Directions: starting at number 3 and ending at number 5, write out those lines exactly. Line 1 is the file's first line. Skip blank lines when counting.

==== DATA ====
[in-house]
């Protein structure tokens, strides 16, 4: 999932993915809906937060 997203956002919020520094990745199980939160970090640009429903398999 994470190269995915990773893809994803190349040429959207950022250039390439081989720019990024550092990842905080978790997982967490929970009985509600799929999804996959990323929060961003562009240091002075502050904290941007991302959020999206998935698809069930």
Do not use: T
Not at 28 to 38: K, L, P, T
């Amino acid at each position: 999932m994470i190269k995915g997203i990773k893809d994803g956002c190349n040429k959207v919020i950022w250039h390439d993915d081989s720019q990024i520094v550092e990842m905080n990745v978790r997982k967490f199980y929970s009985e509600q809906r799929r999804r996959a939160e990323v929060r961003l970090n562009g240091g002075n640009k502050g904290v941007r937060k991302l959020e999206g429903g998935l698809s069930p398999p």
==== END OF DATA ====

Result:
Do not use: T
Not at 28 to 38: K, L, P, T
């Amino acid at each position: 999932m994470i190269k995915g997203i990773k893809d994803g956002c190349n040429k959207v919020i950022w250039h390439d993915d081989s720019q990024i520094v550092e990842m905080n990745v978790r997982k967490f199980y929970s009985e509600q809906r799929r999804r996959a939160e990323v929060r961003l970090n562009g240091g002075n640009k502050g904290v941007r937060k991302l959020e999206g429903g998935l698809s069930p398999p």